Mixed messages continue to emerge from Indonesia over its plans for Indian buffalo meat imports, adding to confusion for an import cattle supply chain which relies on annual breeding cycles and long-lead times to make decisions about future production levels.
In mid-November, as reported by Dr Ross Ainsworth in his monthly Beef Central column on Monday, Indonesia’s Ministry of Agriculture stated it had decided not to issue any new recommendation letters for future Indian beef imports.
This was largely because the importation of buffalo meat had not been successful in stabilising the price of beef in Indonesia, and the ministry’s desire to increase Indonesian beef production.
Indonesian Government food supply agency Bulog has reported it has about 18,000t of frozen Indian buffalo meat in cold stores, a volume which in itself will take some months to work its way through to Indonesian customers.
Indonesia issued permits for the import of 100,000t of frozen Indian Buffalo meat in 2017.
As Dr Ainsworth reported in his column, about 30,000t of that permitted volume has yet to be imported, noting it was possible Indonesia may seek to further bolster its stocks of Indian buffalo meat by importing the outstanding balance.
Media reports in recent days suggest Indonesia has moved to do just that, with Indonesia’s Coordinating Ministry of Economic Affairs deciding to re-issue permits for the remaining 31,000t to shore up the supply of beef and safeguard prices through the Christmas/New Year period and in the lead up to Lebaran (Ramadan) in May/June 2018.
Or as described by another Indonesian trade source, the permits for the import of a further 30,000t of Indian buffalo meat represents an extension of the 2017 permit expiry date, which were supposed to expire in December 31, 2017.
Still unclear is whether the Indonesian Ministry of Agriculture’s November 15 statement that it will not recommend new import permits in future will stand, or whether new permits for buffalo meat imports will continue to be issued in 2018.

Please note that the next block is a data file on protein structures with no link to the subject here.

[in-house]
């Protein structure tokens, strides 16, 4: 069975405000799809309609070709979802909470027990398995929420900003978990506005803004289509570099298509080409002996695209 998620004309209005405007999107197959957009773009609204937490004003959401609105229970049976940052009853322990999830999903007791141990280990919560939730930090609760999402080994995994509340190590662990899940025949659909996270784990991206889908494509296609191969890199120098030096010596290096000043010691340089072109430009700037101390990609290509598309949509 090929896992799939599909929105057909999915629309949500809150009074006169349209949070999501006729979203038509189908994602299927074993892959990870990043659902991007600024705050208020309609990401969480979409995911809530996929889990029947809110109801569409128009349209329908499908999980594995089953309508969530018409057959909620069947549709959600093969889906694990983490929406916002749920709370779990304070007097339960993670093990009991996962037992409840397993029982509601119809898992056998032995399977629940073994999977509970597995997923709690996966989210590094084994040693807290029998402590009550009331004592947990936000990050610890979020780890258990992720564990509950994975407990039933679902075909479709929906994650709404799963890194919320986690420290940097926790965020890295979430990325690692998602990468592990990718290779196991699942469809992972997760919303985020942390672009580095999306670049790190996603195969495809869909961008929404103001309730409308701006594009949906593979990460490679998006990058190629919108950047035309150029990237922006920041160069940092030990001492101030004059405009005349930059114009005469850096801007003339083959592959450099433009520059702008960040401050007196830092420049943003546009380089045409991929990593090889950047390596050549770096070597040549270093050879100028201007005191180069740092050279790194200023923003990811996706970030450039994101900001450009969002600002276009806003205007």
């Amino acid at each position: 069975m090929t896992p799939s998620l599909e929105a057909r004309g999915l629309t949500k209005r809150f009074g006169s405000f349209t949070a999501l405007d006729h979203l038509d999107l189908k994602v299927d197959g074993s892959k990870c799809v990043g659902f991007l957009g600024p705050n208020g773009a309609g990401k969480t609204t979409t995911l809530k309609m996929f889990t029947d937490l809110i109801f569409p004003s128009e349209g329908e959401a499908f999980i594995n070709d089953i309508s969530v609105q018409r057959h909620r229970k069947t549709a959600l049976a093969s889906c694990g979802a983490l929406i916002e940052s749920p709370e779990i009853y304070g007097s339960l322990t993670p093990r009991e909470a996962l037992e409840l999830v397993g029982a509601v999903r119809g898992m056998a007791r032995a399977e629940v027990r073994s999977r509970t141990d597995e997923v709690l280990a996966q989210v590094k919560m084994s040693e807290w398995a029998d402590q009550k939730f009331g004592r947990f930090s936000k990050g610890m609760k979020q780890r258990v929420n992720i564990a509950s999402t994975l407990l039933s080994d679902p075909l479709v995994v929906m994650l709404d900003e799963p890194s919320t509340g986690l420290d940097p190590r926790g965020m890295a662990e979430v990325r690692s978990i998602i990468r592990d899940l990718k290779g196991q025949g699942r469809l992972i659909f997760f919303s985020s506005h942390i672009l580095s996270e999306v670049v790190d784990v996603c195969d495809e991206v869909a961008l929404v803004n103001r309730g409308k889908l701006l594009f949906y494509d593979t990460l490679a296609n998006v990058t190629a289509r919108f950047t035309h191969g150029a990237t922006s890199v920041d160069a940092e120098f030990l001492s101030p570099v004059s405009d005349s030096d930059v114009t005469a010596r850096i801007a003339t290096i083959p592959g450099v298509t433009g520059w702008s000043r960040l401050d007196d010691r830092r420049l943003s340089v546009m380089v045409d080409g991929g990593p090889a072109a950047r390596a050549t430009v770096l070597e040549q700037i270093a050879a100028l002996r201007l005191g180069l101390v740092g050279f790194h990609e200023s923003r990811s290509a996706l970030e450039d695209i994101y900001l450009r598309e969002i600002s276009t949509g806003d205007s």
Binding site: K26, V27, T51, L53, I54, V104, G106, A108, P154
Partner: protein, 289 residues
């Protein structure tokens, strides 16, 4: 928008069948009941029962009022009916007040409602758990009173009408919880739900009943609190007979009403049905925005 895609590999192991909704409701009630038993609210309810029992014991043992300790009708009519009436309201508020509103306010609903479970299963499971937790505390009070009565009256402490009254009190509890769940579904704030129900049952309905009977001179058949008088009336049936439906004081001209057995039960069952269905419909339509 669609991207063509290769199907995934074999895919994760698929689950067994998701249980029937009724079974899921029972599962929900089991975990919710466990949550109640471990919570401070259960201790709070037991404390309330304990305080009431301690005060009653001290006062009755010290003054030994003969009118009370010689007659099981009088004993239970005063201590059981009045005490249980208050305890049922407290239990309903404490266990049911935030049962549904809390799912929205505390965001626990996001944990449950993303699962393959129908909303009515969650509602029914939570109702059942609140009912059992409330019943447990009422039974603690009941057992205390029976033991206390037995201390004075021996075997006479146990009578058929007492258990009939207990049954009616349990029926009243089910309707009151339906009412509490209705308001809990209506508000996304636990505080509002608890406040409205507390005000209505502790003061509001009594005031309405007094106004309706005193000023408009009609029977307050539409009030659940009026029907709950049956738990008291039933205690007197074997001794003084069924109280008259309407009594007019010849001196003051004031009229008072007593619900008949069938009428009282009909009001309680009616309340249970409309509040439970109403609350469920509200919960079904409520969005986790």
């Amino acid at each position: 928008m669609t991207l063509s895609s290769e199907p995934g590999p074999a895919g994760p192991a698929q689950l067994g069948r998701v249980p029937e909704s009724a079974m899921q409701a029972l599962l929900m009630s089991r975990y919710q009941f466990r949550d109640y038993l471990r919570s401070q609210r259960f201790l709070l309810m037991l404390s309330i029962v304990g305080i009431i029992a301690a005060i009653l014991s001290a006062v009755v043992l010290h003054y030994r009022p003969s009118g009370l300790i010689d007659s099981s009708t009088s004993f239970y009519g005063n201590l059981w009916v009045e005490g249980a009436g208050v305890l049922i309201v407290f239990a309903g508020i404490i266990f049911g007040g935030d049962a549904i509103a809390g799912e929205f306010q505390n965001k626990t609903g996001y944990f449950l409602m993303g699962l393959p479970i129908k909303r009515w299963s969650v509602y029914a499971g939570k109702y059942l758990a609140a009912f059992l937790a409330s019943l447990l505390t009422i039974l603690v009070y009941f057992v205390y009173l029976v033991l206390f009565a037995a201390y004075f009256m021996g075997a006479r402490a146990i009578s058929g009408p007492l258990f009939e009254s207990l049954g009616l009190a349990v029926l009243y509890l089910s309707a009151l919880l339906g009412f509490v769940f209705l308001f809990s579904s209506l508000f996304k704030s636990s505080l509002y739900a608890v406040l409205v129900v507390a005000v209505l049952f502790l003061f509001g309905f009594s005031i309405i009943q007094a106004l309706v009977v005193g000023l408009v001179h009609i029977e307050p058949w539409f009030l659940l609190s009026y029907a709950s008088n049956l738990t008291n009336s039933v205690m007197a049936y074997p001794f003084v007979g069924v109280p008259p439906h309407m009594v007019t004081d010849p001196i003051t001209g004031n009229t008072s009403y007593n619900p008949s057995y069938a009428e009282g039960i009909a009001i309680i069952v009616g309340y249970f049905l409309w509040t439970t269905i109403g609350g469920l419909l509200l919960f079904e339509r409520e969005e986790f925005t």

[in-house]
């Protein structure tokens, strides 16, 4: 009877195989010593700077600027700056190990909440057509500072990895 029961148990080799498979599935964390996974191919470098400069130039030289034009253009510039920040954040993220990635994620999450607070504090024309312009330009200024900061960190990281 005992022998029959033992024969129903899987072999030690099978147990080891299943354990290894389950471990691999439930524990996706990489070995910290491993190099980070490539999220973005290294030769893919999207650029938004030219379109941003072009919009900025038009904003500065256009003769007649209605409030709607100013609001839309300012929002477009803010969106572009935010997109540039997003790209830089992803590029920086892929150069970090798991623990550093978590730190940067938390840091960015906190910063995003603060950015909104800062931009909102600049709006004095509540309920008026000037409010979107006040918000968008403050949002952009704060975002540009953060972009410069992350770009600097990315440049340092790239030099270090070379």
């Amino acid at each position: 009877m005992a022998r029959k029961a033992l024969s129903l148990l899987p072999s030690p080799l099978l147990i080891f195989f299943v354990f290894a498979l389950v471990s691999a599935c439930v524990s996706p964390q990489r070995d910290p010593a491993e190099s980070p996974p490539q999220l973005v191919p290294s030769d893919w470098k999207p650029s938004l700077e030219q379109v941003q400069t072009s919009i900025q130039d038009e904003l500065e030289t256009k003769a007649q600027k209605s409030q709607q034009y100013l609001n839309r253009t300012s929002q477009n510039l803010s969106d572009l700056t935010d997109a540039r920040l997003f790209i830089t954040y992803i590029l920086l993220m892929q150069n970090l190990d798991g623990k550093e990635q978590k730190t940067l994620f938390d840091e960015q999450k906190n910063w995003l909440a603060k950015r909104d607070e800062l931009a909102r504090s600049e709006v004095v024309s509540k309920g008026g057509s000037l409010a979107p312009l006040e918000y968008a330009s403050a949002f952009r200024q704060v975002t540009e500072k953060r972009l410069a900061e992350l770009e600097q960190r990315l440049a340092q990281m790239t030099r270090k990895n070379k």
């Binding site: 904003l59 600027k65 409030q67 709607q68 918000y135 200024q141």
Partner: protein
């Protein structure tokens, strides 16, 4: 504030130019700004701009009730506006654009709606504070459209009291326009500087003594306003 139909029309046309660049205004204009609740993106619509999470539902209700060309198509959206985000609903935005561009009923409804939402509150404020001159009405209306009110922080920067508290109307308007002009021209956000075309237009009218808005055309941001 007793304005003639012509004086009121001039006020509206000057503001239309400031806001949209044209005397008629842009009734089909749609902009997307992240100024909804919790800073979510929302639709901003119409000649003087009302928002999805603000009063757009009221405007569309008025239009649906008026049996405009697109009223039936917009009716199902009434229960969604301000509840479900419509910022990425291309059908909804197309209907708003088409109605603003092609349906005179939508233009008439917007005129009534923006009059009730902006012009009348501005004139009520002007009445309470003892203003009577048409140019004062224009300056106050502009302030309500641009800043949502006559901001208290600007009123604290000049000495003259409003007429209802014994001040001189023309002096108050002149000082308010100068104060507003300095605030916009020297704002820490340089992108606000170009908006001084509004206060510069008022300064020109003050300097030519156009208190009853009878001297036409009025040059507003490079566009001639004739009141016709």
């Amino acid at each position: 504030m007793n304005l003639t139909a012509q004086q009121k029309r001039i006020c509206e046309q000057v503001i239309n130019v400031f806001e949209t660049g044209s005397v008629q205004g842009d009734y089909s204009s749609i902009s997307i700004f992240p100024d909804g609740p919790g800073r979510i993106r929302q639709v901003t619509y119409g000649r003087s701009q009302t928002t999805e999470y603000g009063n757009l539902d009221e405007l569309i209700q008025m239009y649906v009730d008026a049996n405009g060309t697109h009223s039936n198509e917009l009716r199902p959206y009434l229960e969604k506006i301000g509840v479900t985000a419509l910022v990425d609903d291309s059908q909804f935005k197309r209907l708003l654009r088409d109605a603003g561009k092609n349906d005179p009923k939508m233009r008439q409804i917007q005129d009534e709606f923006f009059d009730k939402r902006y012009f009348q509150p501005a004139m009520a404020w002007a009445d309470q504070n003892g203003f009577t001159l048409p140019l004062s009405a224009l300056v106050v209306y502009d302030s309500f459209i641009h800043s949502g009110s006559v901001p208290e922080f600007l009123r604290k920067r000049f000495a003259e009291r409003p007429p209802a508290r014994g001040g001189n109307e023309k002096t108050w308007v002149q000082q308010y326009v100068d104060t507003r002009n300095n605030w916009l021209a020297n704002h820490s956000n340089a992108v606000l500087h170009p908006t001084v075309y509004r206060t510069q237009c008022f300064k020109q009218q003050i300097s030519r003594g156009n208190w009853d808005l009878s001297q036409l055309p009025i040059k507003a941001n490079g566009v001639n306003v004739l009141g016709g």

It is understood the Government of Indonesia remains highly concerned that the intervention of Indian Buffalo Meat imports has not been effective in reducing beef prices, and is conducting its own investigations into the relevant Government departments.
At the same time its Food Stability Taskforce is again actively visiting slaughterhouses and wet markets to monitor cattle supply and prices.
However, despite the stubbornly high price of beef in Indonesia, cattle prices out of feedlots have remained stable at low price levels, with some long-fed cattle reportedly selling at prices as low as AUD $3.70/kg liveweight.
Feedback suggests Indonesian lot feeders are set to incur losses of AUD $100 per head into 2018, based on the current differential between the buy price of Australian cattle and the low prices at which they must sell fed stock.
One Indonesian trade source said frozen Indian Buffalo Meat was not meeting the purpose of lowering the overall meat price because it was being sold at a higher price than it should, because traders were thawing it and selling it by mixing it with fresh beef.
Ministry of Agriculture Director General of Animal Husbandry and Animal Health, I Ketut Diarmita, said in a ministerial update last week that Indonesian consumer still prefer fresh meat. “Most Indonesian people prefer fresh meat (hot carcass) from local cattle,” he said.